GETTING HOME: Santa Monica High School students leave campus along Michigan Avenue. (Daniel Archuleta
GETTING HOME: Santa Monica High School students leave campus along Michigan Avenue. (Daniel Archuleta

MICHIGAN AVE — Cyclists are on the verge of scoring some major upgrades.

City Council will take a look at the plans for a major bike route in Santa Monica from the incoming Expo Light Rail’s Bergamot Station to the Santa Monica Pier.

Council will only consider funding of one part of the route Tuesday night, a section around Santa Monica High School. The rest of the route will be funded over the next eight years and beyond.

City planners studied the Michigan Avenue Neighborhood Greenway (MANGO) with a grant from Caltrans.

One aspect of that plan, which would include traffic diverters at 11th Street on Michigan Avenue, has stirred some controversy in the Pico Neighborhood — where a majority of the route runs — since it passed through Planning Commission last year. These diverters would restrict turns.

One faction of the Pico Neighborhood Association favors the diverters while another opposes it. These groups performed separate surveys about the diverters and came back with opposite results, city planners said.

As a compromise, planners recommend the traffic diverters being in place only during rush hours. During weekends and off-hours, car access would be allowed.

A cycle track, only for bikes, was originally proposed but was removed for the council proposal because residents were unhappy about the possibility of losing parking on Michigan Avenue.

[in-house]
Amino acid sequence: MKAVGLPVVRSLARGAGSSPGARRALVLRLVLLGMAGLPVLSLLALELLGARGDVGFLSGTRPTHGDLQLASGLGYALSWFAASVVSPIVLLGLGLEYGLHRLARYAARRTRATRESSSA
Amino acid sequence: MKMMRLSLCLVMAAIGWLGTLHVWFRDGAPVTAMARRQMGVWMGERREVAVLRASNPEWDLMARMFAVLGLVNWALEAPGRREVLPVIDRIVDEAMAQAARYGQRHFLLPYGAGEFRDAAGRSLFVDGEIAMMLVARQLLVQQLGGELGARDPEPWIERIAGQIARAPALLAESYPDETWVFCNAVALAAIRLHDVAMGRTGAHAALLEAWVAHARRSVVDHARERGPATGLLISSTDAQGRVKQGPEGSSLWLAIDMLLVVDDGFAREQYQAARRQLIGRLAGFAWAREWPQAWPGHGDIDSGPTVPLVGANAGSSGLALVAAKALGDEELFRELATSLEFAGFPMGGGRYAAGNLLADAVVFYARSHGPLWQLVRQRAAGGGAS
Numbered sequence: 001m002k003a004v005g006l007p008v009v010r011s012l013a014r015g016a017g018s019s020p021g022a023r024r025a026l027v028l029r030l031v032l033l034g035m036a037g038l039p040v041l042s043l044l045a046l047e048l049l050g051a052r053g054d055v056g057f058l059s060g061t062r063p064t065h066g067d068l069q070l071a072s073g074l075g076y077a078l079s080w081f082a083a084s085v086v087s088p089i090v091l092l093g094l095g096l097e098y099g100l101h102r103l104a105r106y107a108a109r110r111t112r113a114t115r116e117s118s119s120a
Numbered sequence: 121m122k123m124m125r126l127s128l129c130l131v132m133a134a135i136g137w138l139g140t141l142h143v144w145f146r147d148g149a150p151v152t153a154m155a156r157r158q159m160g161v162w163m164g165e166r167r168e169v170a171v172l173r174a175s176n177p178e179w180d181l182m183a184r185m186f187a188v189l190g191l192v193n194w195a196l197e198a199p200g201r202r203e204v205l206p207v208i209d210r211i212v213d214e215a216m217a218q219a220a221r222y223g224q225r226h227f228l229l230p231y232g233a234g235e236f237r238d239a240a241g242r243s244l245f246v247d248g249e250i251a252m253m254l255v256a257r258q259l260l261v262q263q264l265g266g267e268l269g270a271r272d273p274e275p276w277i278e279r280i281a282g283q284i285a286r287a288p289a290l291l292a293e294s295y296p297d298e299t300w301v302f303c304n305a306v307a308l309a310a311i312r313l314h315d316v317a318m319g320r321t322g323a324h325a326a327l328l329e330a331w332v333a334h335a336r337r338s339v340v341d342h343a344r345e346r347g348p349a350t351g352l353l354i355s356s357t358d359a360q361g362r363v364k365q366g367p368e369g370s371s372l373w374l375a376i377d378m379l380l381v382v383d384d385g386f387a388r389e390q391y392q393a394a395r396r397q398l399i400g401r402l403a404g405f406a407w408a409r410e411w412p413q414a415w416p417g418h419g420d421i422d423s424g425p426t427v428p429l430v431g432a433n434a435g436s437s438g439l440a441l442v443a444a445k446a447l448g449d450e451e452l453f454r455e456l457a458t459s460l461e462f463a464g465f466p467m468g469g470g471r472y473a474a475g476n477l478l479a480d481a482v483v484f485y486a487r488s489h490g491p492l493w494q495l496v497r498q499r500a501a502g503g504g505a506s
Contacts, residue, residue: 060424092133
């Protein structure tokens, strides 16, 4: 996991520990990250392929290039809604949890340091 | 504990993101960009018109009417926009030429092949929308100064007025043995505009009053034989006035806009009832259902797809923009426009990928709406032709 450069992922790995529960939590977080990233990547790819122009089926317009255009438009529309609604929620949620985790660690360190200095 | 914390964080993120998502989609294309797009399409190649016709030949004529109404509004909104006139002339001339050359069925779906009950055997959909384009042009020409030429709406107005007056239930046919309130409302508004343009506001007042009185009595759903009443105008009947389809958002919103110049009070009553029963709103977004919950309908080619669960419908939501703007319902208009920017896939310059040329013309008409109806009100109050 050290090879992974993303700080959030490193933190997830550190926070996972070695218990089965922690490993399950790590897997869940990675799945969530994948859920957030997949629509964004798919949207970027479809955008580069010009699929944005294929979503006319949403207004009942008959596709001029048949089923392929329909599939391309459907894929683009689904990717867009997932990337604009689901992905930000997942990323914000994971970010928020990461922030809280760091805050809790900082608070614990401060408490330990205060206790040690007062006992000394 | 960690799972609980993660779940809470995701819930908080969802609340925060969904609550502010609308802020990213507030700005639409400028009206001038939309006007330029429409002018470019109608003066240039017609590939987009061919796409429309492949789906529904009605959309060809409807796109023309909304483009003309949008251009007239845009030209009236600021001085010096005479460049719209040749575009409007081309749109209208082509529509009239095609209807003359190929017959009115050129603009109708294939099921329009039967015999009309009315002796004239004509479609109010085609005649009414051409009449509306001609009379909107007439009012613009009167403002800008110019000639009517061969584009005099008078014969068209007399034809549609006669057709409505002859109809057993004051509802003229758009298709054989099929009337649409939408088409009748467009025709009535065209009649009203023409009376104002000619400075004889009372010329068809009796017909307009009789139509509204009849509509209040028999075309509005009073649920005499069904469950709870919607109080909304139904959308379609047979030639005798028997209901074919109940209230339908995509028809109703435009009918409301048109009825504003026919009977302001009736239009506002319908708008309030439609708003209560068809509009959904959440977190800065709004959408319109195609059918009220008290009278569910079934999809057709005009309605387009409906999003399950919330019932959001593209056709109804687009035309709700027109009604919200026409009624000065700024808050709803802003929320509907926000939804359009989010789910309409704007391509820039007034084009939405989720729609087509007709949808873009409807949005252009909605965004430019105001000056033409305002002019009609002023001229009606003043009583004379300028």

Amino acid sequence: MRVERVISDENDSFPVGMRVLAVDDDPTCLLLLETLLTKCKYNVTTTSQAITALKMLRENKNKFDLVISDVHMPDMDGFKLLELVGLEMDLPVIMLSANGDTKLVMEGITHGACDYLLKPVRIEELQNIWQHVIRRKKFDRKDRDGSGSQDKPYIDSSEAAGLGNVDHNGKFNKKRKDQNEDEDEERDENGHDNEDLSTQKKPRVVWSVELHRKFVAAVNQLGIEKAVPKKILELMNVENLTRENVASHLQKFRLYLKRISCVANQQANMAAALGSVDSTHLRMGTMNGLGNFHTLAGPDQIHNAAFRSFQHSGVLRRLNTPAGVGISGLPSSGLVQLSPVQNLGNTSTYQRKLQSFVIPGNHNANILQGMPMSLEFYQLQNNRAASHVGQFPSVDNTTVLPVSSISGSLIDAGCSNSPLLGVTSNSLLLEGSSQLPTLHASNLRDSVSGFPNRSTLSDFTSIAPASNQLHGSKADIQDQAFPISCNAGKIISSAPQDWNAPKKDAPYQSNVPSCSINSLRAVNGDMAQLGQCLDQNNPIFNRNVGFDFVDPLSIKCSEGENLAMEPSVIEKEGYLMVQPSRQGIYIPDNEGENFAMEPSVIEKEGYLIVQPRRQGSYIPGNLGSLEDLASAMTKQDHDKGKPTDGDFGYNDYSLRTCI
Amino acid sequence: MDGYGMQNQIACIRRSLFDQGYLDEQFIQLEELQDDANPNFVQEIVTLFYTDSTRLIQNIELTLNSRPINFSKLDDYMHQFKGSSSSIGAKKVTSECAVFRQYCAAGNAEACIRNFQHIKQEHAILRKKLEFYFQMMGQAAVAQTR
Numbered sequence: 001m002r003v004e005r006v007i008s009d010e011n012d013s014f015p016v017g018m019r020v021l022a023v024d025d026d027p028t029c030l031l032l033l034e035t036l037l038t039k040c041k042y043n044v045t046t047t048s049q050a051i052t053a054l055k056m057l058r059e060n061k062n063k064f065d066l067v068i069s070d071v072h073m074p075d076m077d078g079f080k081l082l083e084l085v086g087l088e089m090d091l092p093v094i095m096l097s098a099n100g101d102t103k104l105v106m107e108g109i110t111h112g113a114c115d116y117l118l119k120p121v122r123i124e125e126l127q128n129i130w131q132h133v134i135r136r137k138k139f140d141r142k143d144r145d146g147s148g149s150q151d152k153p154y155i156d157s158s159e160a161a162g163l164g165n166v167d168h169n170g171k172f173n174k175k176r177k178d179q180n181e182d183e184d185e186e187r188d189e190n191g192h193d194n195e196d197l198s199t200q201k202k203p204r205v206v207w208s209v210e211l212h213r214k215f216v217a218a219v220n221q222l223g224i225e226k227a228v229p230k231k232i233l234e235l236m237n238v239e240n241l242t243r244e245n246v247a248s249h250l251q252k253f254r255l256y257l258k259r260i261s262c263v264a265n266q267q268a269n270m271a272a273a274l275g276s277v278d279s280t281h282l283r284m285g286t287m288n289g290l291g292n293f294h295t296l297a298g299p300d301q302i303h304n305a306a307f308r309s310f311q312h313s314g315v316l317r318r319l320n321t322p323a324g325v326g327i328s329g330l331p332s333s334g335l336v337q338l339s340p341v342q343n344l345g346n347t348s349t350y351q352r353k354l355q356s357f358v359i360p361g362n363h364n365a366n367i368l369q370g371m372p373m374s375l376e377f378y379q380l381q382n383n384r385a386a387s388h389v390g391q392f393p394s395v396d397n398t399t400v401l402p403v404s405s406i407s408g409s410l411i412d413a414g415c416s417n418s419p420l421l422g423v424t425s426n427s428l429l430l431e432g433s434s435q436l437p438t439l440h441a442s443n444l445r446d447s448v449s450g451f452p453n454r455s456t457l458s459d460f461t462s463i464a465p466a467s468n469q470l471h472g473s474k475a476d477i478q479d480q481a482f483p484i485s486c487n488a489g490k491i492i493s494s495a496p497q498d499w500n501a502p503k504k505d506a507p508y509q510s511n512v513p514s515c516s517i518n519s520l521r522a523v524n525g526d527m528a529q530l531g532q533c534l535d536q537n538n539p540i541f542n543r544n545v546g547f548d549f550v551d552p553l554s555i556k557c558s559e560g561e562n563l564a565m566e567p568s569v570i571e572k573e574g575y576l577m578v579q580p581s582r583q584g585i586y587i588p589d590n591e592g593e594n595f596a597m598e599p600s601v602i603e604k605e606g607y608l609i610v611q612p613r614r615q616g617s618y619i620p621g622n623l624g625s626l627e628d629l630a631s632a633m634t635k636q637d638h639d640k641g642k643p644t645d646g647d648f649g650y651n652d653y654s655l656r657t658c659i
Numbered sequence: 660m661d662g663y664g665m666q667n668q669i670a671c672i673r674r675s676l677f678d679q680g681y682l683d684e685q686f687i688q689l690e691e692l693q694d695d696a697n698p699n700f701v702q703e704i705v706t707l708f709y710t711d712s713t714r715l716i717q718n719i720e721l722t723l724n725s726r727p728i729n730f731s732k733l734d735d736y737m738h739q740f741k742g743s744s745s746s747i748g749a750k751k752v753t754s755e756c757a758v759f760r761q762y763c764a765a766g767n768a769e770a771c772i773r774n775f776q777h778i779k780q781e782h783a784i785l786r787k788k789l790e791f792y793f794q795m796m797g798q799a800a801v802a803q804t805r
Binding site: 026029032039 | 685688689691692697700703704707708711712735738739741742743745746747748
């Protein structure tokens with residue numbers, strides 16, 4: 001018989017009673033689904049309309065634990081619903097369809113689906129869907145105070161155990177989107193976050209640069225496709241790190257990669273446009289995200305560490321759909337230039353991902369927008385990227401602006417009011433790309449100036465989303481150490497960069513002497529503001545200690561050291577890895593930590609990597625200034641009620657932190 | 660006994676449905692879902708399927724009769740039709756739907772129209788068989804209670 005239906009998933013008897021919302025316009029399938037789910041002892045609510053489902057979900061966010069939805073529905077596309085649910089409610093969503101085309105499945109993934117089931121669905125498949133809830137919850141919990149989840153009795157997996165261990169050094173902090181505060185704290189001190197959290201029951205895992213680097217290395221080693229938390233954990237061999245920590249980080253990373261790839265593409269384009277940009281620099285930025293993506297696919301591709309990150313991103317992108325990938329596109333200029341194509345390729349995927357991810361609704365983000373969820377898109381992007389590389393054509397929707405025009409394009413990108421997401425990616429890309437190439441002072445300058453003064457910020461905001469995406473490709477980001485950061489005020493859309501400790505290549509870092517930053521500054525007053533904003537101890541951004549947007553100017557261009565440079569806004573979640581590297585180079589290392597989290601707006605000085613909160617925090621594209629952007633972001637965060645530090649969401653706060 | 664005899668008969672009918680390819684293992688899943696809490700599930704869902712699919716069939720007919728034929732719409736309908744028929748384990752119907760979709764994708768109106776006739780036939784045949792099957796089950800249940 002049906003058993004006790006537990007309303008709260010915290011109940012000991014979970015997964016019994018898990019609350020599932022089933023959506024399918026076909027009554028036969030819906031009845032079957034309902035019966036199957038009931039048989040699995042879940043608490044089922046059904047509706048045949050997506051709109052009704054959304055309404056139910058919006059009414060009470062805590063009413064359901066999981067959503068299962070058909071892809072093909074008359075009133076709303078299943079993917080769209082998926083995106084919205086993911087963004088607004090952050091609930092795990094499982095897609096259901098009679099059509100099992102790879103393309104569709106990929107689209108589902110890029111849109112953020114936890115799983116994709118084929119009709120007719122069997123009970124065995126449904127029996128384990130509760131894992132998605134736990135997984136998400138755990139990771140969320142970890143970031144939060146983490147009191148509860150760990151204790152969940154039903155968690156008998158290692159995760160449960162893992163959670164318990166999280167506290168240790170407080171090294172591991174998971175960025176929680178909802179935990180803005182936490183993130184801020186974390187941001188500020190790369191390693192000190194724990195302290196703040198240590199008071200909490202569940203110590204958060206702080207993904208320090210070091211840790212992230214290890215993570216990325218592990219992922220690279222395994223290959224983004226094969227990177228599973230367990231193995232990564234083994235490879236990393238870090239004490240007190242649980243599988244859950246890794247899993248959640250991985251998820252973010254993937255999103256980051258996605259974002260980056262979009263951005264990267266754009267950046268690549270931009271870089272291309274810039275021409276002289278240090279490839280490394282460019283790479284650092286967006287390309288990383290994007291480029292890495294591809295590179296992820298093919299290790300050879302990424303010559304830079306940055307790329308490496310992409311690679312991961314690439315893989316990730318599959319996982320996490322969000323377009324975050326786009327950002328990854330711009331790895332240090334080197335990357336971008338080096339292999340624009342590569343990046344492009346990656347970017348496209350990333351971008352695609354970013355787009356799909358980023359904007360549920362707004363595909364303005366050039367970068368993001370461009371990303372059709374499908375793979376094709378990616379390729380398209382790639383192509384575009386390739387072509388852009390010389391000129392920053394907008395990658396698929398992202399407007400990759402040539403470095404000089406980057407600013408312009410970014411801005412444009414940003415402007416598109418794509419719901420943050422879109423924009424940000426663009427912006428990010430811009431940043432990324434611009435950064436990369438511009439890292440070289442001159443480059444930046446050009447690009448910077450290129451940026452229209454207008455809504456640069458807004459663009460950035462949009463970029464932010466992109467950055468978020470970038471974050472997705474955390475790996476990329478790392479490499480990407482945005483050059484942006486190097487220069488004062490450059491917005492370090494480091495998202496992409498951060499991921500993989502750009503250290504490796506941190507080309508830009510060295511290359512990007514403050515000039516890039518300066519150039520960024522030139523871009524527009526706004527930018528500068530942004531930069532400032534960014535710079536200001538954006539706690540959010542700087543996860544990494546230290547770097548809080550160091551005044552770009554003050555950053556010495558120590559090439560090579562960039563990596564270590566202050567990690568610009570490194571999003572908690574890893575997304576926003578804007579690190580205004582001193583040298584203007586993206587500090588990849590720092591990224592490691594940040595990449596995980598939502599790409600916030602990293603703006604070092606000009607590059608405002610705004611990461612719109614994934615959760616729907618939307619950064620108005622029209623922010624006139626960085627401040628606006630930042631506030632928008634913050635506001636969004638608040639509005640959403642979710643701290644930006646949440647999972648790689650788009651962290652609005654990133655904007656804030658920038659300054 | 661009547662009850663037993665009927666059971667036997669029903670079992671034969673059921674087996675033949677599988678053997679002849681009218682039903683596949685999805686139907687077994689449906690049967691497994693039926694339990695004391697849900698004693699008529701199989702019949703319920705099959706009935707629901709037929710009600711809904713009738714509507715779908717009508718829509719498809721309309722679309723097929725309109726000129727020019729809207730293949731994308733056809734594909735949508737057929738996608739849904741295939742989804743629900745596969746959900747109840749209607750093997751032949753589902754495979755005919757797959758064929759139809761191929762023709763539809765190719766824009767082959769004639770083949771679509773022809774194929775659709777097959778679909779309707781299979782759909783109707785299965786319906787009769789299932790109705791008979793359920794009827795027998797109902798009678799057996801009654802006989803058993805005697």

The route will protect bikers and pedestrians through enhanced lighting, crosswalks, additional landscaping, sharrows, traffic circles, chicanes and slow-movement intersections.

While the project is largely unfunded at the moment, a connector to Samohi got an $880,000 Safe Routes to School grant, which requires a $100,000 City Hall match.

This will likely be the first part of the greenway to be constructed.

City planners are recommending one-way traffic for sections of Michigan Avenue and Seventh Street.

“A change in the flow of vehicles would allow continuation of the existing drop-off and pick-up locations here, while reducing the number of students crossing midblock in front of vehicles and across on-coming traffic,” planners said.

Michigan Avenue would become one-way westbound west of Lincoln Boulevard and connect to a southbound one-way on Seventh Street to Pico Boulevard.

The idea drew some dissent at meetings last year when residents adjacent to the school expressed fear that the one-way streets would cause traffic in the area.

Samohi students spoke at a public meeting in October, explaining that they had been doored, or knocked off their bikes by students opening car doors in front of their path.

A new traffic signal and crosswalk would be added at the corner of Pico Boulevard and Seventh Street. New bike lanes would be added to the area as well. Some trees would have to be removed or relocated to make room for bike lanes.

A traffic study prepared by City Hall showed that no intersections would be significantly impacted by the changes.

If council approves the route, planners are hoping construction will be finished over Samohi’s summer break.

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